The preceding article was first published by Media Matters for America and is republished with permission.

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Busting anti-queer bias in text prediction



Screenshot/YouTube Heartstopper text session (NetFlix)

By Lillian Goodwin | LOS ANGELES – Modern text prediction is far from perfect — take, for instance, when a search query suggests something completely different from your intention. But the trouble doesn’t end at inaccuracy. Text prediction can also be extremely exclusive or biased when it comes to predicting results related to marginalized communities.

A team of researchers from the USC Viterbi School of Engineering Information Sciences Institute and the USC Annenberg School for Communication and Journalism, led by Katy Felkner, a USC Viterbi Ph.D. in computer science student and National Science Foundation Graduate Research Fellowship recipient, has developed a system to quantify and fix anti-queer bias in the artificial intelligence behind text prediction.

The project, presented by Felkner at the Queer in AI workshop at the North American Chapter of the Association for Computational Linguistics (NAACL) conference in July, looks at both detecting and reducing anti-queer bias in a large language model, which is used in everything from search bars to language translation systems.

The large language model, or LLM, is the “brain” behind the text prediction that pops up when we type something in a search bar—an artificial intelligence that “completes” sentences by predicting the most likely string of words that follows a given prompt.

However, LLMs must first be “trained” by being fed millions of examples of pre-written content so that they can learn what sentences typically look like. Like an energetic toddler, the LLM repeats what it hears, and what it hears can be heteronormative or even overtly discriminatory.

“Most LLMs are trained on huge amounts of data that’s crawled from the internet,” Felkner said. “They’re going to pick up every kind of social bias that you can imagine is out there on the web.”


The project found that a popular LLM called BERT showed significant homophobic bias. This bias is measured through Felkner’s benchmark, which compares the likelihood that the LLM predicts heteronormative sentences versus sentences that include a queer relationship.

“A heteronormative output is something like ‘James held hands with Mary,’ versus ‘James held hands with Tom,’” said Felkner. “Both are valid sentences, but the issue is that, across a wide variety of contexts, the model prefers the heteronormative output.”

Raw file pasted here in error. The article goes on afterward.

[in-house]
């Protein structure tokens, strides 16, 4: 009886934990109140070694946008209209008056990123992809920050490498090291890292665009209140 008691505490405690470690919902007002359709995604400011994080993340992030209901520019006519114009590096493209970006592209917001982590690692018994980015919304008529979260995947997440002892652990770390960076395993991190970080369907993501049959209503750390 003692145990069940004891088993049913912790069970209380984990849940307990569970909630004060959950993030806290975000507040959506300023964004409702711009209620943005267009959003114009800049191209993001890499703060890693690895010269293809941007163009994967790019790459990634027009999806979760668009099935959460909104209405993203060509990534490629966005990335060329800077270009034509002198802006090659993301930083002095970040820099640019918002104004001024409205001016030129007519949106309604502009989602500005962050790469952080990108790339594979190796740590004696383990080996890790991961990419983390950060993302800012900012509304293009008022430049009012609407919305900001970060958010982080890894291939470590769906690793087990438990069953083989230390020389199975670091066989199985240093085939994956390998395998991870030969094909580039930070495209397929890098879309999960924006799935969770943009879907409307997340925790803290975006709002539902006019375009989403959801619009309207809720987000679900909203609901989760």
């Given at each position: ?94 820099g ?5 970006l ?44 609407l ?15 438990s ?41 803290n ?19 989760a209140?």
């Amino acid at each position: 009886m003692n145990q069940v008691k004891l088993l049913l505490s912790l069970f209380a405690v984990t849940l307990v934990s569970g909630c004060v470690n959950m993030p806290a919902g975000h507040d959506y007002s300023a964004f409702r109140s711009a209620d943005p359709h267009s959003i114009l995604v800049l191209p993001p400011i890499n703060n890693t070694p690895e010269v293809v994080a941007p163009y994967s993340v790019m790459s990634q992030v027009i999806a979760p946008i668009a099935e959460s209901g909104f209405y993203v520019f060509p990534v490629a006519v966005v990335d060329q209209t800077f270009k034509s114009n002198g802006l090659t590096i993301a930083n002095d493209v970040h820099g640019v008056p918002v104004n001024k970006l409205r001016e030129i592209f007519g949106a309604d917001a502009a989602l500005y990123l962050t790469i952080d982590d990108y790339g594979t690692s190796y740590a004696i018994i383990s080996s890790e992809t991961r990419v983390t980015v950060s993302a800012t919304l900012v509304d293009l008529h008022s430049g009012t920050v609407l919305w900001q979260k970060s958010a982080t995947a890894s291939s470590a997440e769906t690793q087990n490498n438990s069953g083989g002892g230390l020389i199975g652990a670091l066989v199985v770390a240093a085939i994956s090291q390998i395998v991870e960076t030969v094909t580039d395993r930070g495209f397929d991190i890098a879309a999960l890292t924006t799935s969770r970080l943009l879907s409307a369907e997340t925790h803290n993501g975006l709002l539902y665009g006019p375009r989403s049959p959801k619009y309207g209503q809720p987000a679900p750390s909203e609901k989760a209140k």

While the difference is just a few words, the effect is far from small.

Katy Felkner presents her work at NAACL

Predicted outputs that talk about queer people in stereotypical ways can enforce users’ biases, and the model’s lack of ‘experience’ with queer voices can result in it looking at queer language as obscene.

“A persistent issue for queer people is that a lot of times, the words that we use to describe ourselves, or slurs that have been reclaimed, are still considered obscene or overly sexual,” said Felkner, who is also the graduate representative for Queers in Engineering, Science and Technology (QuEST) chapter of Out in STEM at USC.

“If a model routinely flags these words, and these posts are then taken down from the platforms or forums they’re on, you’re silencing the queer community.”


To tackle this problem, Felkner gave BERT a tune-up by feeding it Tweets and news articles containing LGBT+ keywords. This content used to “train” BERT came from two separate databases of Felkner’s own creation, called QueerTwitter and QueerNews.

Although language processing requires extremely large amounts of data—the QueerTwitter database contained over 2.3 million Tweets—she took care to single out hashtags that were being used primarily by queer and trans people, such as #TransRightsareHumanRights.

As the model was exposed to different perspectives and communities, it became more familiar with queer language and issues. As a result, it was more likely to represent them in its predictions.

After being trained with the new, more inclusive data, the model showed significantly less bias. The tweets from QueerTwitter proved the most effective of the two databases, reducing the prevalence of heteronormative results to almost half of all predictions.